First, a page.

A couple of the girls I became friends with quickly found China’s answer to Manchester’s Trafford Centre: Global Harbor, a huge 7 floors worth of shopping centre built by the same architect who built the one just off the M60! In it we found a Chinese Tesco, called Tesco on all the store guides and shopping bags, but no-one knew what we meant when we asked “Where is Tesco?” – turns out it was actually called Vanguard, but just sold Tesco branded stock.
I might sound quite uncultured, but by the middle of the first week we were already fed up of having rice or noodles for breakfast, lunch and dinner. We were used to a bit more diversity in our diets and were getting a little stir crazy with the food and craved some little piece of home. Global Harbor was the place! Italian, Mexican, Steak, fast food, you name it, it was there!
How did you find the academic programme?
Mandarin classes started quite early (8:45am) and lasted until around lunch time where you were able to either have the afternoon to yourselves or soak up Chinese culture in either song, calligraphy or Tai Chi. It was great to learn about what the Chinese people actually did in their spare time or what music they liked to listen to/what was popular. We used our recently taught Chinese skills to pronounce words in songs or to write different Chinese characters on keepsake fans for example.
It was also great to know more about MoBike, a system that has recently been introduced to Manchester City Centre, (near my hometown and the city in which the Study China programme originates.) This MoBike system and many others are all over China, with many pedestrian
walkways crammed with push bikes, with the popularity to cycle everywhere becoming the latest huge trend!!!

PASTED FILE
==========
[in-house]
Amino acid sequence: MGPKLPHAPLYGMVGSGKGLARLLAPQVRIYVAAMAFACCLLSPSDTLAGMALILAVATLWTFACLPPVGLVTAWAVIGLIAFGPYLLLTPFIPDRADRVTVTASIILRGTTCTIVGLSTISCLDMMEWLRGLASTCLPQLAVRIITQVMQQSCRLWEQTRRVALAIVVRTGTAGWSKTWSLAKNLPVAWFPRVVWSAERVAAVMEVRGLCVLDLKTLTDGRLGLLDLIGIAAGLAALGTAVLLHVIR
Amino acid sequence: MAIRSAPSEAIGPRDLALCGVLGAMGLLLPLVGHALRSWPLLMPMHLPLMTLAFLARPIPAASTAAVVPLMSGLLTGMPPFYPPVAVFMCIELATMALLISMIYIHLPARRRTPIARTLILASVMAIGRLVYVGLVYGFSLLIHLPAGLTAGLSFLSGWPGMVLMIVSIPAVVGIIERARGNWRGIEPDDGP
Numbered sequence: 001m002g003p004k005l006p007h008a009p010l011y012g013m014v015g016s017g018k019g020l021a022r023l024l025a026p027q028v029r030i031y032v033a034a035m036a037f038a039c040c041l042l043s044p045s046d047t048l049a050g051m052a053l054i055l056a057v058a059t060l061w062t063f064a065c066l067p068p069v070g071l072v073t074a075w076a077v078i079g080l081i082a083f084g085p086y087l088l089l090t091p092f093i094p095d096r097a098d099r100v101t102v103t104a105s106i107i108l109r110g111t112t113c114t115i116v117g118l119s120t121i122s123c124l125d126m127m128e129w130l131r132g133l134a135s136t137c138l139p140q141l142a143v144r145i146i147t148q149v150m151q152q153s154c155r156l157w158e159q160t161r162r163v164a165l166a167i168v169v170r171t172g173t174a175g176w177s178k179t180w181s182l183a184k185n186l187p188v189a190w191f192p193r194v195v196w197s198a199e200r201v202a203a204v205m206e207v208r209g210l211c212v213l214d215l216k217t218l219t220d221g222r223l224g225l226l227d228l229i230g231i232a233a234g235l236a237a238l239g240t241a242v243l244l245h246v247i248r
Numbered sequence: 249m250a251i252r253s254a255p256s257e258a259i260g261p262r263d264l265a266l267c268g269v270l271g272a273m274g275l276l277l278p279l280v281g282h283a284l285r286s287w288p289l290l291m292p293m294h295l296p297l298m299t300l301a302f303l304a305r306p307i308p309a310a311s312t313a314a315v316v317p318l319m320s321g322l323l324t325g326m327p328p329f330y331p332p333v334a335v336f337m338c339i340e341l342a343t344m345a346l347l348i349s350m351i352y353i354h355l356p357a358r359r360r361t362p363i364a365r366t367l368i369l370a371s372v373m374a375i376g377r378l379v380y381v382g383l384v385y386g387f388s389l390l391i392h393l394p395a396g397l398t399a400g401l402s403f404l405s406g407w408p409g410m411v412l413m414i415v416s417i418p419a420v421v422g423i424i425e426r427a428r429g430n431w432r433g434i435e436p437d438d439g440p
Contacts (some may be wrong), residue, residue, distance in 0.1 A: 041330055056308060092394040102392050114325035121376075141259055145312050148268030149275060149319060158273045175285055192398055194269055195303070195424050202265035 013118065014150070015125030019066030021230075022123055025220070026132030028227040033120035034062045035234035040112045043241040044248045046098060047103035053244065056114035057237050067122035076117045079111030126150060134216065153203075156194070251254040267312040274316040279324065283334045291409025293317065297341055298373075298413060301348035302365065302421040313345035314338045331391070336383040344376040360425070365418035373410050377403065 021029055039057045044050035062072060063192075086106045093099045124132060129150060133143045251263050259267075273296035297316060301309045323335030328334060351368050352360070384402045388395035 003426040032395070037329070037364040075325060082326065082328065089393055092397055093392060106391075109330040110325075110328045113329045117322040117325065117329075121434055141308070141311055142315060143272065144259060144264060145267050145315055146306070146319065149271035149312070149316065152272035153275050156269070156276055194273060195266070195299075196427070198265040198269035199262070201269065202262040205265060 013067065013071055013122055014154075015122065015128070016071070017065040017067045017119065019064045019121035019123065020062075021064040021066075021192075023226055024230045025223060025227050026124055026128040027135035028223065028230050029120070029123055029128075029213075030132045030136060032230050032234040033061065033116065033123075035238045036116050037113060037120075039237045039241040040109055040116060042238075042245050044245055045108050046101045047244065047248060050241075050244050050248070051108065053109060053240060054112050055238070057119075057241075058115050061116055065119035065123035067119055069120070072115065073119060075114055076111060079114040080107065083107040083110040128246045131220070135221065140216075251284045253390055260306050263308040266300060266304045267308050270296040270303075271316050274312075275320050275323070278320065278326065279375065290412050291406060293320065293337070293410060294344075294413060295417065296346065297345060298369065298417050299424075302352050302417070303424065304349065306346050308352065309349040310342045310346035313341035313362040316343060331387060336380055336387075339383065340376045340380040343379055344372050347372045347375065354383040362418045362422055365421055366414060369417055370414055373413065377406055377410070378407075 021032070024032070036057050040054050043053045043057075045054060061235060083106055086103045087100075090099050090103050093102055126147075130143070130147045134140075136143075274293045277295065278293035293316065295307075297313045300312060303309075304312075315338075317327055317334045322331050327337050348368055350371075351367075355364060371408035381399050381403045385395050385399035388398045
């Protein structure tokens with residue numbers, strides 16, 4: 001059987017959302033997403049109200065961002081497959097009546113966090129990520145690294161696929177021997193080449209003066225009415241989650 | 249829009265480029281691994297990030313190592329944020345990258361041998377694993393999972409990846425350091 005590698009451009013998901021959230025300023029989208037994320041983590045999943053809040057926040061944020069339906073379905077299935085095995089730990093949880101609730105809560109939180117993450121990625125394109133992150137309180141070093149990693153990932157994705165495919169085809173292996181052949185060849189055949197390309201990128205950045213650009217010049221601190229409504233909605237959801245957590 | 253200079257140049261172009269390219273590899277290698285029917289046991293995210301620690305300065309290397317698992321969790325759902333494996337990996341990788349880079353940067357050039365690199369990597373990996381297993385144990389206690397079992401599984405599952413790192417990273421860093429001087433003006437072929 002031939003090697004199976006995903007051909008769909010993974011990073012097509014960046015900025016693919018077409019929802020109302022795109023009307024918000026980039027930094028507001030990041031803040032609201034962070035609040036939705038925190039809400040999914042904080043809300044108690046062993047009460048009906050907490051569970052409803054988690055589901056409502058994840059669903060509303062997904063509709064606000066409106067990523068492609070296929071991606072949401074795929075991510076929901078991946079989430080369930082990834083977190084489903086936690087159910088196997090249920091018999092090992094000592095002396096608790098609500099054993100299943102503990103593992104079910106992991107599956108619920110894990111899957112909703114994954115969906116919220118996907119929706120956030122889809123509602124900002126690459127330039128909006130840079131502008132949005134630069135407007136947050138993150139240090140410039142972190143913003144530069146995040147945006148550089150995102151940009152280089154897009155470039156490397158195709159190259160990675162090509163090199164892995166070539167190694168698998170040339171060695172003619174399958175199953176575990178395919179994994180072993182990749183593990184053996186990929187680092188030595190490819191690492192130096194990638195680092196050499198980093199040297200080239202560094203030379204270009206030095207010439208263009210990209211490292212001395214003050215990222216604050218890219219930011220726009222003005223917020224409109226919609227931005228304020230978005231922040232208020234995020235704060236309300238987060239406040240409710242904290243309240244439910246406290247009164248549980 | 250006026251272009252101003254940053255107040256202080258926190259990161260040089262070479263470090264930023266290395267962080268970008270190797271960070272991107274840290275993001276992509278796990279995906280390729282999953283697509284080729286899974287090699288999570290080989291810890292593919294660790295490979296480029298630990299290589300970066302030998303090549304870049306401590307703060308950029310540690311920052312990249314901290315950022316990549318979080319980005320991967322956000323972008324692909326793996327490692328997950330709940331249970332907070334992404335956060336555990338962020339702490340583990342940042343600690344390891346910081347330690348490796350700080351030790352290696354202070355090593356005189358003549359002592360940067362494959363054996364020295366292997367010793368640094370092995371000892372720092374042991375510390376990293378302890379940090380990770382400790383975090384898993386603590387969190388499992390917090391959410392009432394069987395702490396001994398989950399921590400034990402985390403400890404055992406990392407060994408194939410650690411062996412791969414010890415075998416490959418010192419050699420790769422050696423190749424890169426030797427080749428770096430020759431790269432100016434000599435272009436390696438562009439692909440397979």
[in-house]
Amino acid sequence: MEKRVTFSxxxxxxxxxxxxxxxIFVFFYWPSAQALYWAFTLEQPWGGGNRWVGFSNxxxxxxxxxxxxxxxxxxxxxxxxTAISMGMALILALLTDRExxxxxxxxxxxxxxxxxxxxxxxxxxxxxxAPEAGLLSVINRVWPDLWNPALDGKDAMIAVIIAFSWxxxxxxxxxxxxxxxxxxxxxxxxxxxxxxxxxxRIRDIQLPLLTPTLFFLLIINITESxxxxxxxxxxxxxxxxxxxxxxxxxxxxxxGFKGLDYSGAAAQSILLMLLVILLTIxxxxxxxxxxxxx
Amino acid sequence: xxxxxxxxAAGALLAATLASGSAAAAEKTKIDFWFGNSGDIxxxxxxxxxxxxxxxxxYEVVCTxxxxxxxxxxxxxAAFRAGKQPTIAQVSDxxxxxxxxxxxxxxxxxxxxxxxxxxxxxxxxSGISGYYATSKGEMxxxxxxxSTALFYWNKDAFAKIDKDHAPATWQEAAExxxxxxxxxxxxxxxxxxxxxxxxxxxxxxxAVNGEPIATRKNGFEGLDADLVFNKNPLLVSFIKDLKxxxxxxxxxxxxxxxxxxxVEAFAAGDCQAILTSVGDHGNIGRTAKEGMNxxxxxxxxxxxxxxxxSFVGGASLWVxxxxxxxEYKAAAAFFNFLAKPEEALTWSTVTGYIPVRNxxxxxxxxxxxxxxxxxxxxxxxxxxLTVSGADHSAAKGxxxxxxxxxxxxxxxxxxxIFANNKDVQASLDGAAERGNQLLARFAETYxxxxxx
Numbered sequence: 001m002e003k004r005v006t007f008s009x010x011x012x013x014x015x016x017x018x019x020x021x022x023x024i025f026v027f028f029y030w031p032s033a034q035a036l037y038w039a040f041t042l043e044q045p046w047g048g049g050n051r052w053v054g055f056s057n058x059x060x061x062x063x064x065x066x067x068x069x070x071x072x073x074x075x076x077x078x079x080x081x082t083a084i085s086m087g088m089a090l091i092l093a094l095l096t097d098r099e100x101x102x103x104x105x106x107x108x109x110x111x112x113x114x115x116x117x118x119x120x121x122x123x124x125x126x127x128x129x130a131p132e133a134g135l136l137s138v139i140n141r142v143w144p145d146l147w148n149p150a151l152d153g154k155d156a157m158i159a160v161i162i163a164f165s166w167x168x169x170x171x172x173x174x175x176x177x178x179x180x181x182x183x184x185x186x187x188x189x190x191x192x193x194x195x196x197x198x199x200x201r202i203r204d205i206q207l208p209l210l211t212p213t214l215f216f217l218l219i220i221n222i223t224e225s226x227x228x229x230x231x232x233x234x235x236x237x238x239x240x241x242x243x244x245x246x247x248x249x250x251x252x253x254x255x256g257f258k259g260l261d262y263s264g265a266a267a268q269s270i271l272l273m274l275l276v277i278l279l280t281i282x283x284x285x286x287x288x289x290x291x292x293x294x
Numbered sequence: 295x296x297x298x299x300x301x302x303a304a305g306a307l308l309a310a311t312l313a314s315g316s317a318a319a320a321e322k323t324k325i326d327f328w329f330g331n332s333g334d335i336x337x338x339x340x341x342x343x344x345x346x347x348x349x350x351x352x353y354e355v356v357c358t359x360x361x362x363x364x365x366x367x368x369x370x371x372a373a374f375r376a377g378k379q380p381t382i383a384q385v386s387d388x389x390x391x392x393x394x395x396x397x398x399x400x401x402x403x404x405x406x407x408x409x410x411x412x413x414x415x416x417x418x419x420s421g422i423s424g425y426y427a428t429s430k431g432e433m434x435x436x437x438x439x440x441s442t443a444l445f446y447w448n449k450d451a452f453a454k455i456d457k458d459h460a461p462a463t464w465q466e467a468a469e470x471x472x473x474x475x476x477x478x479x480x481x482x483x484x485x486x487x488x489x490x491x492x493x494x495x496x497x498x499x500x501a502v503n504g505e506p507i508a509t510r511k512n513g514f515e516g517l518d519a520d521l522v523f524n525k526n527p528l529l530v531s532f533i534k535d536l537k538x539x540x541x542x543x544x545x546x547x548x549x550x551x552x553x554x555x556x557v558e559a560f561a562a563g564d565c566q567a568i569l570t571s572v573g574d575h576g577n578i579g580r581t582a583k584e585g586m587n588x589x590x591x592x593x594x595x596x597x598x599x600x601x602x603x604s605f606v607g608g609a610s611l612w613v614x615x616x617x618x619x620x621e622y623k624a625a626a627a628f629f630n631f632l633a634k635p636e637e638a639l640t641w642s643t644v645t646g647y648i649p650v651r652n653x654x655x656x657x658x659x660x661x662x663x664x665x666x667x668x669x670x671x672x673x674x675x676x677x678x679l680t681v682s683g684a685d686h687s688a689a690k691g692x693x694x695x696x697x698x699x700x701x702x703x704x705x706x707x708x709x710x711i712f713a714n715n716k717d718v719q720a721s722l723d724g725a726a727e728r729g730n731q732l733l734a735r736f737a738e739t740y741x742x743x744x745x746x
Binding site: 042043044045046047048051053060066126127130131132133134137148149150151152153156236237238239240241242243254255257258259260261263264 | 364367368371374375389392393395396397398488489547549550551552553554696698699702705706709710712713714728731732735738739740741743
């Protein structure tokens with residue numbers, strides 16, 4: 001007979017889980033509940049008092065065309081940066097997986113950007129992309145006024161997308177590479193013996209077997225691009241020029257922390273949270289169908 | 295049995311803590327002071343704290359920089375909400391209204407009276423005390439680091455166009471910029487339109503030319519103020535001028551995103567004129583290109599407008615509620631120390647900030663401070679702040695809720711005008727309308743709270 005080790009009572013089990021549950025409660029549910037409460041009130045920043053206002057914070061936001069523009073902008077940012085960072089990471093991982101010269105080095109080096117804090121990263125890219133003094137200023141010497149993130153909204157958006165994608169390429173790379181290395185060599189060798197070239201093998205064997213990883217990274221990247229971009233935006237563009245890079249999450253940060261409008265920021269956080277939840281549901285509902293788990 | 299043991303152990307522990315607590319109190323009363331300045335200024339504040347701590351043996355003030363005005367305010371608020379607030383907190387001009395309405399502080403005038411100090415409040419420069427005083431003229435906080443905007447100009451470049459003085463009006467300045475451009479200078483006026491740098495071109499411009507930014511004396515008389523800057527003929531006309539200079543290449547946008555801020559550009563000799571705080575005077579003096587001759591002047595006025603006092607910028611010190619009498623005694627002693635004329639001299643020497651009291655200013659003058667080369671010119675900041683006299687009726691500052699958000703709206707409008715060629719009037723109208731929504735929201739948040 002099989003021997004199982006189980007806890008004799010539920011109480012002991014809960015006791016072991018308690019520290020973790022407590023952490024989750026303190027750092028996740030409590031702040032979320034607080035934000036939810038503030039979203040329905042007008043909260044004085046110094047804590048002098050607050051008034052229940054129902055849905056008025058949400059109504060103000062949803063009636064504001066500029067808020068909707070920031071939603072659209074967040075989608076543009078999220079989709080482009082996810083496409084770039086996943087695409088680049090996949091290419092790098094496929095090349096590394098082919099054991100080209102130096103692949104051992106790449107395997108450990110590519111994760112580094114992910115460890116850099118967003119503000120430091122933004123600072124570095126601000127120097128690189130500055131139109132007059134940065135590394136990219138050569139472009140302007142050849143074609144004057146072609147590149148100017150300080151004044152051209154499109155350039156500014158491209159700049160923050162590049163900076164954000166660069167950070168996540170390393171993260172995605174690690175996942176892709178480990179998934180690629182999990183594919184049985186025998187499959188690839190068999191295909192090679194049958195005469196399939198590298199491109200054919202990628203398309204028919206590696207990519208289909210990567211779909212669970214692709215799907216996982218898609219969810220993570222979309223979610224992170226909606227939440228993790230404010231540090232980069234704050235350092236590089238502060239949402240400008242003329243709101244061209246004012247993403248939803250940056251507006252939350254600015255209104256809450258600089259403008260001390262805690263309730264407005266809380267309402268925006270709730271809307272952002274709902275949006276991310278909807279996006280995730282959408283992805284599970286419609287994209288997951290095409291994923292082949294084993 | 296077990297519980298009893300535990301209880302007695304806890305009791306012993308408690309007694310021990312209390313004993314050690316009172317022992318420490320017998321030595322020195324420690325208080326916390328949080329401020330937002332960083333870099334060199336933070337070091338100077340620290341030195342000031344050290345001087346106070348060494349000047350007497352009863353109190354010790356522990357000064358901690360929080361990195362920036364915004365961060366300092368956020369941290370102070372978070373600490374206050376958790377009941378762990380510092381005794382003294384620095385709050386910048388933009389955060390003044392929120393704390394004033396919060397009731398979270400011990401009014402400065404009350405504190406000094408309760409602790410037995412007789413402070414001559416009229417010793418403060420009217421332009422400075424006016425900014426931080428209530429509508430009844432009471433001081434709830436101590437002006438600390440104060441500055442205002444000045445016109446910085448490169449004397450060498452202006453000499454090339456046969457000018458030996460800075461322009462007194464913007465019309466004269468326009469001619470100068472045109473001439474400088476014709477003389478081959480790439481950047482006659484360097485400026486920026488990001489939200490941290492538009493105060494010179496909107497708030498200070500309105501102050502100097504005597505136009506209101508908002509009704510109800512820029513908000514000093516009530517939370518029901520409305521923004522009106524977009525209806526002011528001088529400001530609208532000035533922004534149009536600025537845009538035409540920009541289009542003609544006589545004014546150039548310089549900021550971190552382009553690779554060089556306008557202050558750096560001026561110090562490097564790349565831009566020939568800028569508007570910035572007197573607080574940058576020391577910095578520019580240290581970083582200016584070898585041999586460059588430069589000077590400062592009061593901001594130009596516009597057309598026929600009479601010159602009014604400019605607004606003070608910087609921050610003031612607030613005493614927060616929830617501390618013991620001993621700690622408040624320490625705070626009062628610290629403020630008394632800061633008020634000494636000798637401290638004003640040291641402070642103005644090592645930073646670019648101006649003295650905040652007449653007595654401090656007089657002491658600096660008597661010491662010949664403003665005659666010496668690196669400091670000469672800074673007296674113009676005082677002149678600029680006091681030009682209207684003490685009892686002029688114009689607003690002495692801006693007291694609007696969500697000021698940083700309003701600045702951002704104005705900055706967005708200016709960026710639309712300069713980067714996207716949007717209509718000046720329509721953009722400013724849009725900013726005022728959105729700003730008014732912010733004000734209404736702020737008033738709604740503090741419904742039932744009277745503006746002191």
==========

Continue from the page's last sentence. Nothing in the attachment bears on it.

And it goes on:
On our first weekend in Shanghai, we were welcomed into the homes of a local family. We hardly knew anything in Chinese so we were relieved to find out that our family spoke English. We spent the entire day with them, going to a local calligraphy museum, a few shops and then back to their house to play games and help cook dumplings. We stayed for dinner with them and spoke about how our lives differed,
education, jobs, travel and food etc. We were surprised to learn that the mother of this family had actually been to the UK on business and quite near to my hometown no less. We soon realised that the world is a small place!!!
Now that the programme is over, any plans for the future?
By the end of the trip, I wasn’t expecting to be able to speak fluent Mandarin or anywhere near really. It’s an extremely hard language to learn and an even harder one to master, but I got by in restaurants and shops. I am currently doing an internship in Stockholm (Sweden) and I am even using key phrases in the Chinese restaurant here in Stockholm, much to the surprise of the Chinese owner!!! I have come away feeling quite attached to China, its people and its ways. Yes, it’s extremely different to anything that I’m used to, but I have to say that I miss Shanghai and actually cannot wait to have the opportunity to be able to go back in the near future!!
Have you got a story to share with us? We would love to hear from you! You can submit your testimonial here.